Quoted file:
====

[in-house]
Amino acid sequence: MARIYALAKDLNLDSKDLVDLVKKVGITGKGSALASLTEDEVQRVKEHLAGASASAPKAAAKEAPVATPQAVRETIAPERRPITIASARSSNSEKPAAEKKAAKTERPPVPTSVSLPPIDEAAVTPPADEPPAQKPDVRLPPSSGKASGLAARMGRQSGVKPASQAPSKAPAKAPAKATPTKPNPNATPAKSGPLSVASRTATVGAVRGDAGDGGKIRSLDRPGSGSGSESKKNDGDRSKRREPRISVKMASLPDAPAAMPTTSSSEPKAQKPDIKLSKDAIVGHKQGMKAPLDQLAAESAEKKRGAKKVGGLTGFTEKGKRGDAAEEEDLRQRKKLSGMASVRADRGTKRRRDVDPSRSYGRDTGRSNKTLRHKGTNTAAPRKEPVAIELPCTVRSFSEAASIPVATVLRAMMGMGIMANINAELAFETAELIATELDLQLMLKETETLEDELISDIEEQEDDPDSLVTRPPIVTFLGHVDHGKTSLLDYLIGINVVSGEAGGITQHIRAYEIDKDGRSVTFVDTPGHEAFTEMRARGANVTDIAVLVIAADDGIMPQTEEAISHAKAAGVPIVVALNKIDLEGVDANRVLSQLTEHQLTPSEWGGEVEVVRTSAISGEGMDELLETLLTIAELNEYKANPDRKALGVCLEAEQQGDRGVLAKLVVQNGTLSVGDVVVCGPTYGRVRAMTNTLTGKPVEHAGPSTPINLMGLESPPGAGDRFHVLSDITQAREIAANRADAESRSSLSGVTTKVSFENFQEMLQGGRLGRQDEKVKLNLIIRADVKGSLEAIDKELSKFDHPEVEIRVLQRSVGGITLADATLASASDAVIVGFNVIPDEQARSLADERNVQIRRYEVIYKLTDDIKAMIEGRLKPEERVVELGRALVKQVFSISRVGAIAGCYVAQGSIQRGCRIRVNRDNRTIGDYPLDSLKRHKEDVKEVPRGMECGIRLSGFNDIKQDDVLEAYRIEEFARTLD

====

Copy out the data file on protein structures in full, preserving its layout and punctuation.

[in-house]
Amino acid sequence: MARIYALAKDLNLDSKDLVDLVKKVGITGKGSALASLTEDEVQRVKEHLAGASASAPKAAAKEAPVATPQAVRETIAPERRPITIASARSSNSEKPAAEKKAAKTERPPVPTSVSLPPIDEAAVTPPADEPPAQKPDVRLPPSSGKASGLAARMGRQSGVKPASQAPSKAPAKAPAKATPTKPNPNATPAKSGPLSVASRTATVGAVRGDAGDGGKIRSLDRPGSGSGSESKKNDGDRSKRREPRISVKMASLPDAPAAMPTTSSSEPKAQKPDIKLSKDAIVGHKQGMKAPLDQLAAESAEKKRGAKKVGGLTGFTEKGKRGDAAEEEDLRQRKKLSGMASVRADRGTKRRRDVDPSRSYGRDTGRSNKTLRHKGTNTAAPRKEPVAIELPCTVRSFSEAASIPVATVLRAMMGMGIMANINAELAFETAELIATELDLQLMLKETETLEDELISDIEEQEDDPDSLVTRPPIVTFLGHVDHGKTSLLDYLIGINVVSGEAGGITQHIRAYEIDKDGRSVTFVDTPGHEAFTEMRARGANVTDIAVLVIAADDGIMPQTEEAISHAKAAGVPIVVALNKIDLEGVDANRVLSQLTEHQLTPSEWGGEVEVVRTSAISGEGMDELLETLLTIAELNEYKANPDRKALGVCLEAEQQGDRGVLAKLVVQNGTLSVGDVVVCGPTYGRVRAMTNTLTGKPVEHAGPSTPINLMGLESPPGAGDRFHVLSDITQAREIAANRADAESRSSLSGVTTKVSFENFQEMLQGGRLGRQDEKVKLNLIIRADVKGSLEAIDKELSKFDHPEVEIRVLQRSVGGITLADATLASASDAVIVGFNVIPDEQARSLADERNVQIRRYEVIYKLTDDIKAMIEGRLKPEERVVELGRALVKQVFSISRVGAIAGCYVAQGSIQRGCRIRVNRDNRTIGDYPLDSLKRHKEDVKEVPRGMECGIRLSGFNDIKQDDVLEAYRIEEFARTLD